How to Sell Your Big Startup Idea

So you woke up this morning with a fantastic idea that’s going to change the shape of shoelaces (or books, or music, or snack foods) as we know it. You’ve been sketching on napkins all morning, or scribbling notes into your phone, or calling friends and telling them about your Big Idea. You’re going to change everything—and not just for the world, but for you.

How do you take your great idea from a fantasy to a reality? Figuring out how to pitch your startup is an art and a science.

Identify your customer

It cannot be said enough; no company is so ubiquitous that its customer base can be defined as “everyone.”

One of the most important steps any would-be entrepreneur can take is to define their average customer as specifically as possible. If, for example, a company is selling geeky T-shirts, some elements that they might fit into their customer profile:

  • Age: often teenagers through forties
  • Often with a small amount of discretionary income
  • Often fans of science fiction, fantasy, and related TV and movie properties, as well as comic books
  • More likely to live on either coast in the U.S. than in the more central parts of the country
  • Of an age that they may be having kids

Having an accurate understanding of who your customer is determines everything about your pitch. Don’t neglect this step.

Make your pitch about your customer

When you start creating your elevator pitch, your instinct is to start at the beginning. You’ll want to tell everyone about how you came up with this idea, why you’re the right person to put it forward, and how you’re going to succeed.


Fight the instinct with everything you have.

If you want your pitch to succeed, you need to make your pitch about the customer. Selling and marketing is harder and more complex than ever before. You need to show the problem that your startup will address—tired parents can’t accurately track when their child eats, or women who are also geeks struggle to find clothing that is tailored for them that features their interest—and then show how you will solve it—create an app that is simple and intuitive which parents can use to track various things, or a clothing line that will particularly cater to geeky women.

It doesn’t matter how great of an entrepreneur you are, if you can’t show a problem and its solution, your business won’t succeed.

Leave yourself out of it until the end

Now, there is a place for you to talk about why you’re the best person to sell your business, but the place to do that isn’t at the beginning of your pitch. And remember to focus on the parts that sell your business. Don’t worry about how the idea came to you in a dream, talk about your experience running your Uncle’s store while you were in college, the lemonade stand that you successfully ran throughout high school, or your previous successful startup attempts.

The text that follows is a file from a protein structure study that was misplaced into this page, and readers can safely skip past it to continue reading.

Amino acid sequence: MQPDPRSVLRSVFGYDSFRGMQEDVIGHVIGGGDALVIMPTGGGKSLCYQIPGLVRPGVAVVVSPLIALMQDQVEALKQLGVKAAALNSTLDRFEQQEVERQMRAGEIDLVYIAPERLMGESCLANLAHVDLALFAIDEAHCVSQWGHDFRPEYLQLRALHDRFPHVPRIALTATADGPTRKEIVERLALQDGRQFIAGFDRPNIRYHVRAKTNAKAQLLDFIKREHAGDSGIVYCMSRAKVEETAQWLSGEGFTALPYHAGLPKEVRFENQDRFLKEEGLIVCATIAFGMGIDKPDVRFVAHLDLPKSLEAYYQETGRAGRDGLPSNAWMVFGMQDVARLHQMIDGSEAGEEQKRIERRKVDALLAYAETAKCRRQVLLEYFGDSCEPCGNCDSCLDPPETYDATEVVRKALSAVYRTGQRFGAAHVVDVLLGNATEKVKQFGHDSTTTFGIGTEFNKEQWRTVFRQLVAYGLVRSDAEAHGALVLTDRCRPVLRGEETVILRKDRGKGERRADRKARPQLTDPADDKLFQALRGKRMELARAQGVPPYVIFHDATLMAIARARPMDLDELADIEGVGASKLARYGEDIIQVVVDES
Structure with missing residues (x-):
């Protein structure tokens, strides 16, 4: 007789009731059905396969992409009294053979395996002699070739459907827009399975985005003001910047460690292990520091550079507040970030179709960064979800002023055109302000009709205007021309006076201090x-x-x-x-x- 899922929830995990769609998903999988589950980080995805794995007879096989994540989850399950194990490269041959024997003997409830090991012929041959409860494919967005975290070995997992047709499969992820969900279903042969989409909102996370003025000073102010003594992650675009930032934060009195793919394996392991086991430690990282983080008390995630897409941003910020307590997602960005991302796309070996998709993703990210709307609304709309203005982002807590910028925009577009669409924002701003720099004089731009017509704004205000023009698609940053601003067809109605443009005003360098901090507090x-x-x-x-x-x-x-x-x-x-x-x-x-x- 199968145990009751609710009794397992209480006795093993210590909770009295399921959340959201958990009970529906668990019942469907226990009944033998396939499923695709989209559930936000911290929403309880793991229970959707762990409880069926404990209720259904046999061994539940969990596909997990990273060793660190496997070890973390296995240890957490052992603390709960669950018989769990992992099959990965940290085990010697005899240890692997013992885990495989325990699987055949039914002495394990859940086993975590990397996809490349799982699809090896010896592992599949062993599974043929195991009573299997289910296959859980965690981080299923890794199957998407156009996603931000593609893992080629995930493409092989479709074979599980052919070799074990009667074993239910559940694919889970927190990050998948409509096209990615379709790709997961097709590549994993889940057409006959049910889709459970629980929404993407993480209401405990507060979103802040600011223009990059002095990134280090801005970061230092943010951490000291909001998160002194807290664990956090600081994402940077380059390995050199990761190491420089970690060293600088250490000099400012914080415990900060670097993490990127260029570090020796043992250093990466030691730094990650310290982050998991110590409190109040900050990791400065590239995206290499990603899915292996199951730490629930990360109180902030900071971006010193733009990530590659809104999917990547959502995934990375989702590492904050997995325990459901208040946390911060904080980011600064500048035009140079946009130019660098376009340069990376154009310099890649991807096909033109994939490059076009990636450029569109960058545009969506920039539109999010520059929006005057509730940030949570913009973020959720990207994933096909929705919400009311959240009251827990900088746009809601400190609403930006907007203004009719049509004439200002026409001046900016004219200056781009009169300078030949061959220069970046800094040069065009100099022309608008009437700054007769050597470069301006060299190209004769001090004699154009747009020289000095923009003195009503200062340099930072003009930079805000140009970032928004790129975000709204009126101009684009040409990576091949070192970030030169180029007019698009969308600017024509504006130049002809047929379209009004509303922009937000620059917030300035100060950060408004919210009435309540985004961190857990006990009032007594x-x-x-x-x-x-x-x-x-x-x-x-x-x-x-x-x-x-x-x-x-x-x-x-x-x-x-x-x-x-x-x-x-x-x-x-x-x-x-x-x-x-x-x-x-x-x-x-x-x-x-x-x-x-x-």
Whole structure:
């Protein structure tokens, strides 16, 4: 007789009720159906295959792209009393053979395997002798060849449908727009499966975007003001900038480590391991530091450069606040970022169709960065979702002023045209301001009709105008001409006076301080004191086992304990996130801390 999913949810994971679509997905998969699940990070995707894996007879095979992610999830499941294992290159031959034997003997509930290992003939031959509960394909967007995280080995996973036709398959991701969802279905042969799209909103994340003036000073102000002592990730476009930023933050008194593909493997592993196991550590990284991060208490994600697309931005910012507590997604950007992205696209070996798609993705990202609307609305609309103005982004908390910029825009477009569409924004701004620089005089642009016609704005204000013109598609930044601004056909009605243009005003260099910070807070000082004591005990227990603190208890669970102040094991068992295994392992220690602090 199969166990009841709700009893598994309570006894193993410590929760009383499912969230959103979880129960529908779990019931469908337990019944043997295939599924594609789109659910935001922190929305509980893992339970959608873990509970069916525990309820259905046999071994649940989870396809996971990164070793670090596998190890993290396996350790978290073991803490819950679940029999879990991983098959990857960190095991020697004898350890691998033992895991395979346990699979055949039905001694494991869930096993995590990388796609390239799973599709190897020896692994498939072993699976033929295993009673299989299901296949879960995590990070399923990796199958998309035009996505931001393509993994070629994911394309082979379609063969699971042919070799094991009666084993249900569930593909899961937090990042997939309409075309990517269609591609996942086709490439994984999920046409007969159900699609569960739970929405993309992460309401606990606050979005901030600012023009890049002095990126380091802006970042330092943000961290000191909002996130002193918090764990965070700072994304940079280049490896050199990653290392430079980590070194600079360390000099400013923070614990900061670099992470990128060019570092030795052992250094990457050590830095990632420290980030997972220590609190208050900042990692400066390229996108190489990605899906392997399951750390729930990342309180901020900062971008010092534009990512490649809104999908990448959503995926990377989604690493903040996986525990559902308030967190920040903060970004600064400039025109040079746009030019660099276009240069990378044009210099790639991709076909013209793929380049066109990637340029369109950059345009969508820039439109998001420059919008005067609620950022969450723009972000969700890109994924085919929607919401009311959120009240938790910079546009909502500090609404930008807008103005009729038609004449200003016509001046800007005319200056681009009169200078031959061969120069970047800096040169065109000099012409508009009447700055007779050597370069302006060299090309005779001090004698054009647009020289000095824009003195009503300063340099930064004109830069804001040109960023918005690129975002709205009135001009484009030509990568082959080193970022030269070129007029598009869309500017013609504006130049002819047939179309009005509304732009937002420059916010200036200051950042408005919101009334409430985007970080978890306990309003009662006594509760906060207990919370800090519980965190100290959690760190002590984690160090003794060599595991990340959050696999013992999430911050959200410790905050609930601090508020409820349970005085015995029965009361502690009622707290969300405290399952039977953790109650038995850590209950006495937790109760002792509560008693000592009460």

Investigate alternative sources of funding

When you’re working on funding your startup, you may be unsure of where to begin. Banks are a classic place to go for a business loan, but with the rapidly changing culture of online business, it may feel difficult to explain to a buttoned up banker why your revolutionary idea deserves funding.

Kickstarters and other crowd-funding solutions are very successful for some businesses, but in general, you need to push hard through social media to get your idea up and running, and it can take some funds to develop adequate materials to properly promote your Kickstarter without already having the money you need.

Many small business centers and development centers around the country have different funding competitions based around the TV show Shark Tank, which puts entrepreneurs directly in front of interested investors.

If you’re interesting in beginning your own business, a smart first step would be to connect with the small business administration branch in your area, which would let you get the inside track on local funding solutions that might be available.

All in all, remember to put your business first when you’re talking about your business. This means that you start with your customer, talk about the problem they’re facing, and then show how your product will solve that problem.

Tell us the best tips and tricks you’ve learned as you’ve pushed your own small business!

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Written by:
Margarita Hakobyan is a serial entrepreneur that is addicted to creating. Business women, wife and mother of two with bachelor's degree from the University of Utah with a concentration in International Studies and a Masters Degree also from the University of Utah with a degree in International business. CEO and founder of, an online marketplace of local moving companies and storage facilities.
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